Monday, August 28, 2006
One year ago this week my family and I left our little flock at Waverly Hall Baptist Church in the booming metropolis of Waverly Hall (population 700 minus 6), packed up and moved to Athens, GA to become a part of Crossway Fellowship Church where one of my dearest friends - Paul Cooke - is the pastor.
To date I have been in a lawsuit over two years. In July 2004, I and the deacons who so faithfully served Christ alongside me, were sued by half our congregation because we were Calvinists. Four petitions were issued and three church conferences held in order to accomplish one thing: the removal of the gospel and its influences from that local church. In a stunning yet unsurprising rejection of our church bylaws and its clear instructions to follow the principles of Matthew 18 in resolving their offense with the leadership, half the congregation took out a restraining order against the leadership so we would stop attempting to reconcile with them. After attempting reconciliation for six weeks, the only biblical response to give a restraining order is church discipline. And for the first step in this direction we were slapped with a lawsuit.
That's about as simple as it gets. Perhaps its an oversimplification. It probably is. There is much history behind this church with 14 pastors in 40 years. That one statement alone probably tells more history than the stories of all 14 men combined. In a church where the biblical gospel has not been preached either in full or at all, there grew a congregation, most of whom are probably cultural Christians, who do not truly know Christ, do not crave the pure spiritual milk of God's Word, and worse yet have no desire to acquire either.
For them, the local church is a place where their names are recorded in a roll book, etched on a stain glass window, embossed in a hymn book, placarded on the back of a pew, and stamped on the inside of every church library book. They are Roman Catholics in a very Baptistic sense, for they fight to this day, using the non-profit code of law as their guide, to retain their membership in that local church out of some superstitious yet genuine fear of losing something eternal should they lose their membership. In some strange way, they act and believe as if the Lamb's Book of Life is connected to the Waverly Hall Baptist Church Roll Book. But that will not be the roll which is called up yonder.
In our fight for the gospel, my family and I wearied. We wearied quickly. The existing leadership, still in place, were much stronger. They had been there longer, some significantly so, than we. I thought I could stick it out to the end. But it became clear that we simply could not do that. The toll it took on my wife and kids, not to mention the rest of the children in the local church, including the Christian school our church ran, was beyond measure and beyond words.
Thankfully, amid an equally troubling journey which ran parallel to this one, I met my pastor, Paul Cooke. While wading the deep waters of becoming a gospel-centered charismatic, and while attempting to guide a fledgling flock through the legal-infested waters of anti-gospel sentiments and actions, the Lord brought my pastor into my family's life. And our lives have never been the same.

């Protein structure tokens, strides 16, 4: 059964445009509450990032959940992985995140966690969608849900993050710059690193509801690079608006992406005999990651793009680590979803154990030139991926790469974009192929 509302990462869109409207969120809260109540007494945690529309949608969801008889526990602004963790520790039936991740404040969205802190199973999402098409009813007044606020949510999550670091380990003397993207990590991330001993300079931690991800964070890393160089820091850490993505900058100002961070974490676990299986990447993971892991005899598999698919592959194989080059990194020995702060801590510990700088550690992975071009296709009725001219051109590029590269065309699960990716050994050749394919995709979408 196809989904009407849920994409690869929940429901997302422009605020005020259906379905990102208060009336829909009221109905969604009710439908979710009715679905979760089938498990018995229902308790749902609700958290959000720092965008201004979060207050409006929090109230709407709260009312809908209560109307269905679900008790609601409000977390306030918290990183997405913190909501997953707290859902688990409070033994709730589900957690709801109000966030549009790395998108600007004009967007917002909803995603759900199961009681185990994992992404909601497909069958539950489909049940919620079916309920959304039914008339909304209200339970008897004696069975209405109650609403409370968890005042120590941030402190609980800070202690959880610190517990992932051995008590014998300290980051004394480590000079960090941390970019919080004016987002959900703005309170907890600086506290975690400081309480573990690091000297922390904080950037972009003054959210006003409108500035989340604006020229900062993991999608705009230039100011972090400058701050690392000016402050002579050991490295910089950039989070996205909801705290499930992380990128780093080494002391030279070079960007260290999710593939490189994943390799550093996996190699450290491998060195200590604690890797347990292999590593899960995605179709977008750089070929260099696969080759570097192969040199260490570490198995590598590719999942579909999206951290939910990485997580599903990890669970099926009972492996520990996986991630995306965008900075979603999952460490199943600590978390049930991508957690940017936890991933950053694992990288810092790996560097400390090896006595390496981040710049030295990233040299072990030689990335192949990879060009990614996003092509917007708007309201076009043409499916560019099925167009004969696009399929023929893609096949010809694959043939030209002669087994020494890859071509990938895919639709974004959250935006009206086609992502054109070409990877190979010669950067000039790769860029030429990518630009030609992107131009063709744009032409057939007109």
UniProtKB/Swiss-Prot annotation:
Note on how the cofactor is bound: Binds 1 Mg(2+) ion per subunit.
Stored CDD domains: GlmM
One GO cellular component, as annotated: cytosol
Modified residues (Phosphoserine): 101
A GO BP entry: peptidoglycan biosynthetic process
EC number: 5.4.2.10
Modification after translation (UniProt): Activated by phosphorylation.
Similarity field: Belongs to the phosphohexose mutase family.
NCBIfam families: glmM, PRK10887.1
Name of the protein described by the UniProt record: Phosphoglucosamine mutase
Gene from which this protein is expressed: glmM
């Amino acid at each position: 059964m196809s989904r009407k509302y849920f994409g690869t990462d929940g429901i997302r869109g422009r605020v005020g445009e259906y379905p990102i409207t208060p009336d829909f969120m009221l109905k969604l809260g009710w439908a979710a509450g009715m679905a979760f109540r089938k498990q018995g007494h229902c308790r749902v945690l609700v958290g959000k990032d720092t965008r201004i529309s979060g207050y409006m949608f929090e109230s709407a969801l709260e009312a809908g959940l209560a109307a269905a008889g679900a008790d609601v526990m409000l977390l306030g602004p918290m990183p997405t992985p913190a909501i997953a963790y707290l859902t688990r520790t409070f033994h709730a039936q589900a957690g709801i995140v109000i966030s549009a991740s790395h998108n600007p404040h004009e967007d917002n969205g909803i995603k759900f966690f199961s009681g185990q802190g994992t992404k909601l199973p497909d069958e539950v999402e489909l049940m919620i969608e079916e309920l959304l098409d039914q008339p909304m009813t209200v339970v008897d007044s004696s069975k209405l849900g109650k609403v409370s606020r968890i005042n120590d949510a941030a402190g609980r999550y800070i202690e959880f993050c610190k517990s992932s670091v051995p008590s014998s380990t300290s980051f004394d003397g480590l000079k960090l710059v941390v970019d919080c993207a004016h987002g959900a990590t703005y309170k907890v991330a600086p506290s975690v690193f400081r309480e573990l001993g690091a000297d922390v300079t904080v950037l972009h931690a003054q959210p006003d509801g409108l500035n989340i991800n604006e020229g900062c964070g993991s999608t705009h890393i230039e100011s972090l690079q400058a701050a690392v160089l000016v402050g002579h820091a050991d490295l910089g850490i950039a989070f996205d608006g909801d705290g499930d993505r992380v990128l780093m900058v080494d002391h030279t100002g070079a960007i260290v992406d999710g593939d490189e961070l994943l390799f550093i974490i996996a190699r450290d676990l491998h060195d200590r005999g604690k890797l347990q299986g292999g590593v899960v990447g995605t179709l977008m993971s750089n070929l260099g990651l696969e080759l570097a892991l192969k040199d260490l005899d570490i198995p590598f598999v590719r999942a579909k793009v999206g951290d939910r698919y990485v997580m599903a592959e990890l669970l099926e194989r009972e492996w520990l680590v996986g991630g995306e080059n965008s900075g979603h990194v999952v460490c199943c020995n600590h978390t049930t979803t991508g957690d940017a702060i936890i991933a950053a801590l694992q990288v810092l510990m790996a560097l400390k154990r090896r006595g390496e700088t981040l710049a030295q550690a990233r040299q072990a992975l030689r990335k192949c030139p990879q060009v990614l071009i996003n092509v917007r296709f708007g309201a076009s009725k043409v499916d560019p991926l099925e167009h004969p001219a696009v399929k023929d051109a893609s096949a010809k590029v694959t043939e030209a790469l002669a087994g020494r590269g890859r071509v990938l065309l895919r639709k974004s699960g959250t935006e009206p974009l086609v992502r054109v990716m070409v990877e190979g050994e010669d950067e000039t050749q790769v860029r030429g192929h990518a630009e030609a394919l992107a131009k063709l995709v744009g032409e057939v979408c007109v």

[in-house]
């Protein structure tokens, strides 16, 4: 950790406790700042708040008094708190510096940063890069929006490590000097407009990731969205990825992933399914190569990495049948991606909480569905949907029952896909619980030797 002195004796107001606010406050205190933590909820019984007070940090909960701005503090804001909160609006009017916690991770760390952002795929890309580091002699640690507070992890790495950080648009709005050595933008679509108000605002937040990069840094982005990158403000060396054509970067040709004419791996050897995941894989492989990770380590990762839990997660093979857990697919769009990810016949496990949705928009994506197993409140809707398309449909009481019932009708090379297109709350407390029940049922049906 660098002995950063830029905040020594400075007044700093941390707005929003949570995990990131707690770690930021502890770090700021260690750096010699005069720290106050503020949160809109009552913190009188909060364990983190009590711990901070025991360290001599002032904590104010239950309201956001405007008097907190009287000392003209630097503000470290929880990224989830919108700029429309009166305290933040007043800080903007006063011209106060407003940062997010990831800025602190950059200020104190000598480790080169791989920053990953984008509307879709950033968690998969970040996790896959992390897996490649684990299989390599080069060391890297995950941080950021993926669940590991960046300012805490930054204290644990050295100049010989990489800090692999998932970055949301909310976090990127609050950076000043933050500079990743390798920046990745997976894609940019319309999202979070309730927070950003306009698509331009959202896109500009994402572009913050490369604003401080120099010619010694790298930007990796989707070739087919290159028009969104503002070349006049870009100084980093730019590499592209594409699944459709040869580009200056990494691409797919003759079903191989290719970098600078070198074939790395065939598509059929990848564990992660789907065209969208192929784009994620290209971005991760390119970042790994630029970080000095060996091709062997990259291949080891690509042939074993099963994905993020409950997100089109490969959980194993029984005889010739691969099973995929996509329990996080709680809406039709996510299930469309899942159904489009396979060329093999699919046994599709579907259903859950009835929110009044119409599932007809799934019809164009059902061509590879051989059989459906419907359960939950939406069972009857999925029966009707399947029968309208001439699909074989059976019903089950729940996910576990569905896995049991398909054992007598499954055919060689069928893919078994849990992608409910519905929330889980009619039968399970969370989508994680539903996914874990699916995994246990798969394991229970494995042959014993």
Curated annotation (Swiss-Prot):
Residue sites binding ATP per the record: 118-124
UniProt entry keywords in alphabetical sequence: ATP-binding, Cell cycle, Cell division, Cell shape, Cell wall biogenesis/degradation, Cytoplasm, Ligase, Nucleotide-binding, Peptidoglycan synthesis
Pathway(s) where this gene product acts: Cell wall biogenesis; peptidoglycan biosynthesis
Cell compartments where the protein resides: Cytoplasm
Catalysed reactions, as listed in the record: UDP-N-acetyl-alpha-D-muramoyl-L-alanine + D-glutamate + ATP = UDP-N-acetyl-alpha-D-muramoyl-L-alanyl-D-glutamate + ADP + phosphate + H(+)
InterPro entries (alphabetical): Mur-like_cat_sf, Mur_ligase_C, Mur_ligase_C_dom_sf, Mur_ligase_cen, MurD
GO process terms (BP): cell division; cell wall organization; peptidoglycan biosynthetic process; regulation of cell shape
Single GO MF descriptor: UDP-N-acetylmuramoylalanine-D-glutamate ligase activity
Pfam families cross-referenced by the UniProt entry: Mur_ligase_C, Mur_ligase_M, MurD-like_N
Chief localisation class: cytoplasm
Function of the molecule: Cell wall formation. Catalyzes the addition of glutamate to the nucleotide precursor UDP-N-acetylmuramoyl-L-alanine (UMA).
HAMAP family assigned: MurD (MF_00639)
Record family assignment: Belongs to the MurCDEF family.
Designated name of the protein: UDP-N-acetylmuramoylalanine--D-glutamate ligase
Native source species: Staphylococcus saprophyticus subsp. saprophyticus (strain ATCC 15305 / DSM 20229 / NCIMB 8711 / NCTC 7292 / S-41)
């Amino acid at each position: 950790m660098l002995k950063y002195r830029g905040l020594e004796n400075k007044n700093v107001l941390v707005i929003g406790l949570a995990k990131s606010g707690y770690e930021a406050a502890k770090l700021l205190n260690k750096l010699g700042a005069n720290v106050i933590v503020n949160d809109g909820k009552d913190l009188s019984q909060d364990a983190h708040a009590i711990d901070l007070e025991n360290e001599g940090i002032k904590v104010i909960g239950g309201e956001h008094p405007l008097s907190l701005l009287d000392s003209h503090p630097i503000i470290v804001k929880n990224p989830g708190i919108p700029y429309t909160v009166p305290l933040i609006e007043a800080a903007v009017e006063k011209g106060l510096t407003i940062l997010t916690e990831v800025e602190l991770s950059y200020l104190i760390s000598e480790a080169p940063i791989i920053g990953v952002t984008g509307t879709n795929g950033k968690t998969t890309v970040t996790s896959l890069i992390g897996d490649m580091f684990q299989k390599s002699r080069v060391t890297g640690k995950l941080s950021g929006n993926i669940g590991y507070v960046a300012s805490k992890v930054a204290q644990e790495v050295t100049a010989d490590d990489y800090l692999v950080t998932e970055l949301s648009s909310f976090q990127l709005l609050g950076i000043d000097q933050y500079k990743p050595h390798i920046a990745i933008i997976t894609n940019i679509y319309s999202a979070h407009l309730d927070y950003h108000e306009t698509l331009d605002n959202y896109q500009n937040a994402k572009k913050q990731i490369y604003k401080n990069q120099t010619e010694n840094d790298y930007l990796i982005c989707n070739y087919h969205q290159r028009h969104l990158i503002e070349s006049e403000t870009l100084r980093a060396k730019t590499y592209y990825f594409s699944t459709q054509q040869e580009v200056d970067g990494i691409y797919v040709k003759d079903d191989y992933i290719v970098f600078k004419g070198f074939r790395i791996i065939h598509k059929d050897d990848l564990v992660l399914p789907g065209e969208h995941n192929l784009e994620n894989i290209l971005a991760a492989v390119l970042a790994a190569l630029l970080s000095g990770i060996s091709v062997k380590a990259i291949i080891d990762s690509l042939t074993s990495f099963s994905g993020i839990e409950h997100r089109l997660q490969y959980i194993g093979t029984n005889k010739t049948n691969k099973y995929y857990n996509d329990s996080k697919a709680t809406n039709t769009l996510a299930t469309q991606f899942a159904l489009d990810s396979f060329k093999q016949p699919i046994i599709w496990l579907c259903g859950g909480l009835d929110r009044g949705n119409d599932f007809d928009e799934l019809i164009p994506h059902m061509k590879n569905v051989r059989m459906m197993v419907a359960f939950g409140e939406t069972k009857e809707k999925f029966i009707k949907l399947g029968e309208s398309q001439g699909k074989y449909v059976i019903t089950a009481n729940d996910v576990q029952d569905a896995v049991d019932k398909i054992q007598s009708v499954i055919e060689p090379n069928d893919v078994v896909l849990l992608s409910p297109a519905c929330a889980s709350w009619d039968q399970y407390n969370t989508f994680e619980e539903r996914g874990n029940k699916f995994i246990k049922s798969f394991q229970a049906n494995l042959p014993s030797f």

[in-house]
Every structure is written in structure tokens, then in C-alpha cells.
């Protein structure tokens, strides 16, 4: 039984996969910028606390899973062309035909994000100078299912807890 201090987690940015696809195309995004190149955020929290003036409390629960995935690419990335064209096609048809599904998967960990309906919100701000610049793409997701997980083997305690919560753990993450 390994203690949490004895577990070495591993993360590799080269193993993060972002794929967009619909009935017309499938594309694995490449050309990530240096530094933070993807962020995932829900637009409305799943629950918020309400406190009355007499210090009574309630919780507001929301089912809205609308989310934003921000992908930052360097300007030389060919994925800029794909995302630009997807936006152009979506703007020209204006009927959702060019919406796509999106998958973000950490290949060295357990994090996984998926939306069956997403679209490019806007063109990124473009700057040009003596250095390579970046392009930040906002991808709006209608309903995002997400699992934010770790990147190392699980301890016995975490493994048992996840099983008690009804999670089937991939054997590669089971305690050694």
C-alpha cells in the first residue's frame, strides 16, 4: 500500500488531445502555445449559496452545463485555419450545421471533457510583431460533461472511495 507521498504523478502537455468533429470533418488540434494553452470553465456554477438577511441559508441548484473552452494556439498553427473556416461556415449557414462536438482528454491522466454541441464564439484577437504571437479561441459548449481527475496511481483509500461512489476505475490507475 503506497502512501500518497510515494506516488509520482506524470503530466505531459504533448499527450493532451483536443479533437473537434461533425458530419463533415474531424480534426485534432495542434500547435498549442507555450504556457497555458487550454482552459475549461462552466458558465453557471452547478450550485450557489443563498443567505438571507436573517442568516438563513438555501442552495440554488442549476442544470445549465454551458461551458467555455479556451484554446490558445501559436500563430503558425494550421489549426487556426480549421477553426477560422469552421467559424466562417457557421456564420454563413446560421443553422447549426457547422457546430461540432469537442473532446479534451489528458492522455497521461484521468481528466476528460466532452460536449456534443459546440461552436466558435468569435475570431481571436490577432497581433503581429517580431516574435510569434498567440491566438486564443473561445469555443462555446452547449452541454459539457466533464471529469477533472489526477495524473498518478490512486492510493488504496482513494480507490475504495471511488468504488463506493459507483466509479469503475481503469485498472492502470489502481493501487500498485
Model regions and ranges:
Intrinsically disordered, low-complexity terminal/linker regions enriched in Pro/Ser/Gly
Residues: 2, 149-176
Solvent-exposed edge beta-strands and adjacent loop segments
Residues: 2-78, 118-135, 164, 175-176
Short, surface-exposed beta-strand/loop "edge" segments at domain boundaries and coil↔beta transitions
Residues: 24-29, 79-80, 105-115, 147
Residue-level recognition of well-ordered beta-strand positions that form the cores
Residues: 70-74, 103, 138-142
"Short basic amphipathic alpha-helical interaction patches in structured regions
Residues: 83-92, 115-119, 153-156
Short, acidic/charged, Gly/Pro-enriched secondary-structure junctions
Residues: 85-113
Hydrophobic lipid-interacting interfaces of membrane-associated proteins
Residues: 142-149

The personal issues that developed amid this lawsuit, as well as the other ones which were there all along and just didn't surface until I went through the lawsuit, were too much to handle alone. Despair set in. Depression hung over me like a constant Seattle rainstorm. I needed a guide to weather it. And weather it we have. Thanks to my dearest brother, Paul.
While reading Richard Baxter tonight on Directions for Handling Despair, I came across this paragraph which stirred my soul afresh with thanksgiving for the man God has given my family to be our pastor. I offer this to Lord as a prayer of gratitude, and I offer it to Paul as a tribute of his faithfulness to love and care for us when no other pastor in the country cared for us as consistently and persistently as did he.
"Understand how necessary a faithful minister of Christ is, in such cases of danger and difficulty, to be a guide to your consciences; and open your case truly to them, and place so much confidence in their judgment of your state as their office, and abilities, and faithfulness do require, and set not up your timorous, darkened, perplexed judgments above theirs, in cases where they are fitter to judge. Such a guide is necessary, both as appointed by Christ who is the author of his office, and in regard of the greatness, and danger, and difficulty of your case. Do you not feel that you are insufficient for yourselves, and that you have need of help? sure a soul that is tempted to despair may easily feel it. You are very proud, or blindly self-conceited, if you do not. And you may easily know that Christ that appointed them their office, as far as reason will allow. And where there is no office, yet ability and faithfulness deserve and require credit of themselves. Why else do you trust physicians and lawyers, and all artificers, in their several professions and arts, as far as they are reputed able and faithful? I know no man is to believed as infallible as God is; but man is to be believed as man; and if you will use and trust your spiritual guide bu so far as you use and trust your physician or lawyer, you will find the great benefit, if you choose aright."
By God's undeserving grace and continuing mercy, we chose aright. Thank you Paul and Darby for continuing to be that right choice for us.